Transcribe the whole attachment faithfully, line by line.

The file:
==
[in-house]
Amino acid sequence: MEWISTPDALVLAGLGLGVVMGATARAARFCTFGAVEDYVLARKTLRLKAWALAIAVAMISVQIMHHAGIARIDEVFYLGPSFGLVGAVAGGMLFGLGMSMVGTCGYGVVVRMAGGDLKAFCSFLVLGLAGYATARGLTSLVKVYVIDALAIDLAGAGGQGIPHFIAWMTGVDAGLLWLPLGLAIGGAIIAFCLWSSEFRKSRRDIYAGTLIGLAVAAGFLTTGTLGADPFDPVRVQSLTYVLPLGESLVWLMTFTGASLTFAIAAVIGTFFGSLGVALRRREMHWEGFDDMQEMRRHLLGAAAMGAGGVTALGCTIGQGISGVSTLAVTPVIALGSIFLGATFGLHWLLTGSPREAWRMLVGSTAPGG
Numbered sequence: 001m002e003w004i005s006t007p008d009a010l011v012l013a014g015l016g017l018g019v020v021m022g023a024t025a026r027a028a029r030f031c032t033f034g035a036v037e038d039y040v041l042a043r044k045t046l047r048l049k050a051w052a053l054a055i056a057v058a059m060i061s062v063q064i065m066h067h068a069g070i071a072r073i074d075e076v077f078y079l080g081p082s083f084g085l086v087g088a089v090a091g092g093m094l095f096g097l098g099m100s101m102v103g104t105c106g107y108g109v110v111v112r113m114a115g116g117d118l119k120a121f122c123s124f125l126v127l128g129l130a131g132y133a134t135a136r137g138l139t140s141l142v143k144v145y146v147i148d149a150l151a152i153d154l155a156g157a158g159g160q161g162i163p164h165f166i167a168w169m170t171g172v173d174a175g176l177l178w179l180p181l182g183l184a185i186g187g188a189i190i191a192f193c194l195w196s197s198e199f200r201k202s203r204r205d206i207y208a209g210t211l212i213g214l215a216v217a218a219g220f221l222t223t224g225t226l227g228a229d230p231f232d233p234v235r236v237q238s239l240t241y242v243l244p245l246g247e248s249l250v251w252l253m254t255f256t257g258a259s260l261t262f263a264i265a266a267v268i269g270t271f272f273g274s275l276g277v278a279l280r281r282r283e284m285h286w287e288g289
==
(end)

[in-house]
Amino acid sequence: MEWISTPDALVLAGLGLGVVMGATARAARFCTFGAVEDYVLARKTLRLKAWALAIAVAMISVQIMHHAGIARIDEVFYLGPSFGLVGAVAGGMLFGLGMSMVGTCGYGVVVRMAGGDLKAFCSFLVLGLAGYATARGLTSLVKVYVIDALAIDLAGAGGQGIPHFIAWMTGVDAGLLWLPLGLAIGGAIIAFCLWSSEFRKSRRDIYAGTLIGLAVAAGFLTTGTLGADPFDPVRVQSLTYVLPLGESLVWLMTFTGASLTFAIAAVIGTFFGSLGVALRRREMHWEGFDDMQEMRRHLLGAAAMGAGGVTALGCTIGQGISGVSTLAVTPVIALGSIFLGATFGLHWLLTGSPREAWRMLVGSTAPGG
Numbered sequence: 001m002e003w004i005s006t007p008d009a010l011v012l013a014g015l016g017l018g019v020v021m022g023a024t025a026r027a028a029r030f031c032t033f034g035a036v037e038d039y040v041l042a043r044k045t046l047r048l049k050a051w052a053l054a055i056a057v058a059m060i061s062v063q064i065m066h067h068a069g070i071a072r073i074d075e076v077f078y079l080g081p082s083f084g085l086v087g088a089v090a091g092g093m094l095f096g097l098g099m100s101m102v103g104t105c106g107y108g109v110v111v112r113m114a115g116g117d118l119k120a121f122c123s124f125l126v127l128g129l130a131g132y133a134t135a136r137g138l139t140s141l142v143k144v145y146v147i148d149a150l151a152i153d154l155a156g157a158g159g160q161g162i163p164h165f166i167a168w169m170t171g172v173d174a175g176l177l178w179l180p181l182g183l184a185i186g187g188a189i190i191a192f193c194l195w196s197s198e199f200r201k202s203r204r205d206i207y208a209g210t211l212i213g214l215a216v217a218a219g220f221l222t223t224g225t226l227g228a229d230p231f232d233p234v235r236v237q238s239l240t241y242v243l244p245l246g247e248s249l250v251w252l253m254t255f256t257g258a259s260l261t262f263a264i265a266a267v268i269g270t271f272f273g274s275l276g277v278a279l280r281r282r283e284m285h286w287e288g289